Besides impairing its ability to target interest rates, the Fed is worried that narrow banks would take funding away from regular banks, making it harder for those banks to trade stocks and bonds (a business largely funded by repo) as well as jeopardizing their lending business:
PTIE deposits could be seen as more attractive than Treasury bills, because they would provide instantaneous liquidity, could be available in very large quantities, and would earn interest at an administered rate that would not necessarily fall as demand surges. As a result, in times of stress, investors that would otherwise provide short-term funding to nonfinancial firms, financial institutions, and state and local governments could rapidly withdraw that funding from those borrowers and instead deposit those funds at PTIEs. The sudden withdrawal of funding from these borrowers could greatly amplify systemic stress.
The Fed, while declaring its “independence,” is obviously not a neutral arbiter. It is working for the banks. Says Levine:
The Fed just gets to decide who gets to compete in the banking business, and how that competition will work, and what their business models can be, by virtue of its control of access to reserve accounts. … There is no modern banking that is independent of the sovereign’s power to control money, and the question is just who the sovereign shares that power with.
The European Approach: Negative Interest Rates
While U.S. banks are being paid an unprecedented 2.4% for leaving their reserves at the Fed, the European Central Bank is taking the opposite tack: It is charging banks a negative interest rate of 0.4% for holding its reserves. The goal is to get banks to move the reserves off their books by making new loans. If they lend money on to the real economy, and particularly to companies, this interest payment may be rebated to the banks, under a facility called “targeted longer-term refinancing operations” or TLTROs. In 2016 and 2017, the ECB returned a total of 739 billion euros to banks through TLTROs, and it is expected to renew that program, in an effort to avoid an even greater economic downturn than Europe is suffering now.
Negative interest rates were supposed to be a temporary emergency measure, but in comments on Saturday, ECB President Mario Draghi hinted that they could be around for a long time, if not permanently. The “new normal” is evidently a chronically abnormal state of emergency in which central banks can experiment with the formerly unthinkable and get away with it.
All of which suggests some interesting possibilities.
A Public Option for the Rest of Us
Even if large depositors were allowed to participate in the perks of Fed accounts through PTIEs, small depositors and small businesses would still be left with a meager one-tenth of 1% annually on their deposits. But some interesting proposals are on the table for opening the Fed’s deposit window to everyone, allowing us all to collect 2.4% on our deposits.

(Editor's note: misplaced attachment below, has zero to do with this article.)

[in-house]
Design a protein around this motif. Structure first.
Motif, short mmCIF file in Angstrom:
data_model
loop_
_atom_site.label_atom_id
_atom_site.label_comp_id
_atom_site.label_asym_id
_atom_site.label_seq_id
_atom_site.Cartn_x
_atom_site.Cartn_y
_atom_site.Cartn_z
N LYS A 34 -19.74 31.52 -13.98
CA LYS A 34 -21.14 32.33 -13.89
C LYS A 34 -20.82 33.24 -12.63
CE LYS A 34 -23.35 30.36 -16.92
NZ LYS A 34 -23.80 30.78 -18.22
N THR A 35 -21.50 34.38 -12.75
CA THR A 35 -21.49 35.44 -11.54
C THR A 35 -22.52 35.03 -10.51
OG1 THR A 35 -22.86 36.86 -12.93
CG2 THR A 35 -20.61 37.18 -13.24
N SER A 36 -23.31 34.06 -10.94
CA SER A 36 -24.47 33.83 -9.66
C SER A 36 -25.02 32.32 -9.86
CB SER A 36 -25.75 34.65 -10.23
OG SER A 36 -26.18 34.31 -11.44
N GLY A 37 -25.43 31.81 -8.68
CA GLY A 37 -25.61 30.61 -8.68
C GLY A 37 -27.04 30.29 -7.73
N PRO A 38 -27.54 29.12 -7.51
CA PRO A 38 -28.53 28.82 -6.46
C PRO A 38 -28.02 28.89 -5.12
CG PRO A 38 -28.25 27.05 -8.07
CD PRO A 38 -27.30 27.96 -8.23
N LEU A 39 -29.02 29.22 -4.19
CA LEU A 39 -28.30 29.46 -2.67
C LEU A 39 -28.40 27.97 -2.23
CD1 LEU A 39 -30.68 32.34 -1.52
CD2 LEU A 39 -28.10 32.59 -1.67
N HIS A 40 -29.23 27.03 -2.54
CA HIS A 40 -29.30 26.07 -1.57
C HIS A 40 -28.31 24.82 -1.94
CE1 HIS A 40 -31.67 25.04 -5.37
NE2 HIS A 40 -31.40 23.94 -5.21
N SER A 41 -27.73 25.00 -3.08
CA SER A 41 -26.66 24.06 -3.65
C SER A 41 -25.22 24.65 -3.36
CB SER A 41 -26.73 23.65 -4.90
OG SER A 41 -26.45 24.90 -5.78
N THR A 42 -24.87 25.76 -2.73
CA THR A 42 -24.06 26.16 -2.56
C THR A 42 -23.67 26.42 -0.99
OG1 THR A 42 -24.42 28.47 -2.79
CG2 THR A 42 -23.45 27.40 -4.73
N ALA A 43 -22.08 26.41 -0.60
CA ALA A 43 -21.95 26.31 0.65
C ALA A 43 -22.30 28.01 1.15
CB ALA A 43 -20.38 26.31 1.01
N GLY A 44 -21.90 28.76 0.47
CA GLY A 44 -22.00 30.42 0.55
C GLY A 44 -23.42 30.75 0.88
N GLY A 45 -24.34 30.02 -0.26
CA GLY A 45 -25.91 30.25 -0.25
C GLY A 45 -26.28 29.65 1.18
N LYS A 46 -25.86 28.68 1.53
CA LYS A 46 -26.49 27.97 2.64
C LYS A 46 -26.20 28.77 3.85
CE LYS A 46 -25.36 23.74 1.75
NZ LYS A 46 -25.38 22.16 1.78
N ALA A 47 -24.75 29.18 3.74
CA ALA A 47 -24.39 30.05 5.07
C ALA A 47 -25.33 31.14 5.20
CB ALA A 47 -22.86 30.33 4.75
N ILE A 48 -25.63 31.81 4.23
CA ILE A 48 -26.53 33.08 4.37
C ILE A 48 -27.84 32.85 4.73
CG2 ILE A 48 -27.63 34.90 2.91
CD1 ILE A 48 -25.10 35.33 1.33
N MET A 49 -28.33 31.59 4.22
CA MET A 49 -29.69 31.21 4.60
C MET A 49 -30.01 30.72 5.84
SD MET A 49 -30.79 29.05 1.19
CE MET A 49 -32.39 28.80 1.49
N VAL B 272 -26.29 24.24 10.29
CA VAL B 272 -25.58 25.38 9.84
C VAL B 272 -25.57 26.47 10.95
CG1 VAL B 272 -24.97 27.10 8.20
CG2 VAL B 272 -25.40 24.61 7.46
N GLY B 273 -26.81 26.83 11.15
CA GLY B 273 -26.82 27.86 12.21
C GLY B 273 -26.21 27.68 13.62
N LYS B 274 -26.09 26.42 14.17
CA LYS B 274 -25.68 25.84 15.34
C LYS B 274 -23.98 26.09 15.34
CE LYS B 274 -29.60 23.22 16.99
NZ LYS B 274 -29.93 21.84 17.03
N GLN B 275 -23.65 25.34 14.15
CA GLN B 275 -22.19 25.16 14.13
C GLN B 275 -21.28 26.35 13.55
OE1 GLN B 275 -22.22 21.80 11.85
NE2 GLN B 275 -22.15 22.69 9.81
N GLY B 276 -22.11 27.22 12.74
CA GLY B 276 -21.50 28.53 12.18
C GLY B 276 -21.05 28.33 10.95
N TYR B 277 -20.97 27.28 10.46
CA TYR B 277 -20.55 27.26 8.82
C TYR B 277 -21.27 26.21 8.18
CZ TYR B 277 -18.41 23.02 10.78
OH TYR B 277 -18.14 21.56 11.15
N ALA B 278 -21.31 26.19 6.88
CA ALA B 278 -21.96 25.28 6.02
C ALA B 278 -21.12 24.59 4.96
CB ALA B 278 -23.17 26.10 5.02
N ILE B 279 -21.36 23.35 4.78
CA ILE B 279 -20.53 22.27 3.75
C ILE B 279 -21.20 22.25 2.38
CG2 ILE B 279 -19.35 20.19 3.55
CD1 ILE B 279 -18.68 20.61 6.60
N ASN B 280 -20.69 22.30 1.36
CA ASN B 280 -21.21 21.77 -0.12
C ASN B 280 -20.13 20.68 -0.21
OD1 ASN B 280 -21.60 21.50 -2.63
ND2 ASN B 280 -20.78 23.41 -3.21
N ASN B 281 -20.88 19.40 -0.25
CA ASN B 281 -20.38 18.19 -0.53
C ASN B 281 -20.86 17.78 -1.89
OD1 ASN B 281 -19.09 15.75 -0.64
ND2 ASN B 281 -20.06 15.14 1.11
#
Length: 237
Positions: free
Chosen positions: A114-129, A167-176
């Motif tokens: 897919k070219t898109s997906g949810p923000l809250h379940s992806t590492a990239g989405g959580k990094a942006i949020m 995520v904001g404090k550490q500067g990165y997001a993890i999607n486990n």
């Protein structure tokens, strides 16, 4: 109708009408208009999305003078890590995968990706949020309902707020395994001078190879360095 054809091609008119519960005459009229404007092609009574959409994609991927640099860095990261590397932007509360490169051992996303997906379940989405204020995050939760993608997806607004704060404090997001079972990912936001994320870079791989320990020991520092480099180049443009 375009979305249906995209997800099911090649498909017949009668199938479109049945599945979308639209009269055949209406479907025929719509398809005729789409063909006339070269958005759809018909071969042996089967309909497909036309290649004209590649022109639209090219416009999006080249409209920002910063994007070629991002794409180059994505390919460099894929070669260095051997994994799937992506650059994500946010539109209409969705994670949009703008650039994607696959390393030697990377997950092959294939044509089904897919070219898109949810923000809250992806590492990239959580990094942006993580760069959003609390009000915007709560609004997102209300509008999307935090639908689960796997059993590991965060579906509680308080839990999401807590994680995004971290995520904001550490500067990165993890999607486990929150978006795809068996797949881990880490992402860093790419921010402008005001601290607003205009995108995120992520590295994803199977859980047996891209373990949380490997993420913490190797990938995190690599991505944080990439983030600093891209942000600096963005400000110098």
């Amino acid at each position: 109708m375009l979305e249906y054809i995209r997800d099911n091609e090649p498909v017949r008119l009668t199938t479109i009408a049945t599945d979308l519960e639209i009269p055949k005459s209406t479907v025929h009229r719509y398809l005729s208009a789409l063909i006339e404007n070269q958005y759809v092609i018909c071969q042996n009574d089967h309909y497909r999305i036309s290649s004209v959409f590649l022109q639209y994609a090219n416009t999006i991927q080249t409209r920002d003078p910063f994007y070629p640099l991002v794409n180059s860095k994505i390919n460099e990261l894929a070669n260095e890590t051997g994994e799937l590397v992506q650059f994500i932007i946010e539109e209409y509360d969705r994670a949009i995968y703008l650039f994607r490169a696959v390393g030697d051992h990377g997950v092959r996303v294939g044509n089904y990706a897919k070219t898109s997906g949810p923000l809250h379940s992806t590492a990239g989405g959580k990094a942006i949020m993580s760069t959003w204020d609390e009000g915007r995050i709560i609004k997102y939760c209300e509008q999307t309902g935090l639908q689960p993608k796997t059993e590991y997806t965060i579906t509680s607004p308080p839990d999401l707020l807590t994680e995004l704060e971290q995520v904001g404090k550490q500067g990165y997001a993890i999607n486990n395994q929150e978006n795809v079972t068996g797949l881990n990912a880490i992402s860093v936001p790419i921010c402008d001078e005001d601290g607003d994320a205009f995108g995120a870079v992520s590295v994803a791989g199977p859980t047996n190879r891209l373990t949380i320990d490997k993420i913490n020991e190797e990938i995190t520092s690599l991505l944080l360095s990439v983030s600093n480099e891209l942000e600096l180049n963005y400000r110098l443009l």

One such plan was presented in a June 2018 policy paper, titled “Central Banking for All: A Public Option for Bank Accounts,” by a trio of law professors and former Treasury advisers headed by Morgan Ricks. They suggested that for the physical infrastructure to handle so many accounts, the Fed could use the post offices peppered across the country.
Postal banking has been popular for two centuries in Europe and was offered in U.S. post offices from 1911 to 1967. Postal banks were in their heyday in the 1930s, when private banks were going bankrupt and were vulnerable to crushing bank runs. The postal banks were government-backed, paid 2% interest on deposits, and were very safe. Congress could have expanded that system into a national public utility that safely and efficiently served the banking needs of local communities. But instead, it chose to back the private banking system with federal deposit insurance, guaranteeing private bank deposits with taxpayer funds—again showing how the winners and losers are picked by government officials, depending on whose lobbyists have the most clout.
To prevent public banks from competing with private banks, Congress capped the amount of interest postal banks could pay and strictly limited their lending. As a result, in 1967, the postal banking system was shut down as being no longer competitive or necessary. But efforts are now underway to revive it. Last April, New York Sen. Kirsten Gillibrand introduced legislation that would require every U.S. post office to provide basic banking services.
A movement is also afoot to establish state- and city-owned banks that would have the ability to lend for infrastructure and other local needs. Local governments cannot get a risk-free 2.4% rate from the Fed for their demand deposits, but city- or state-owned banks could. Combining postal banks with a network of local public banks having affordable access to the Fed’s deep pocket could provide a safe and efficient public banking option for individuals, businesses and local governments.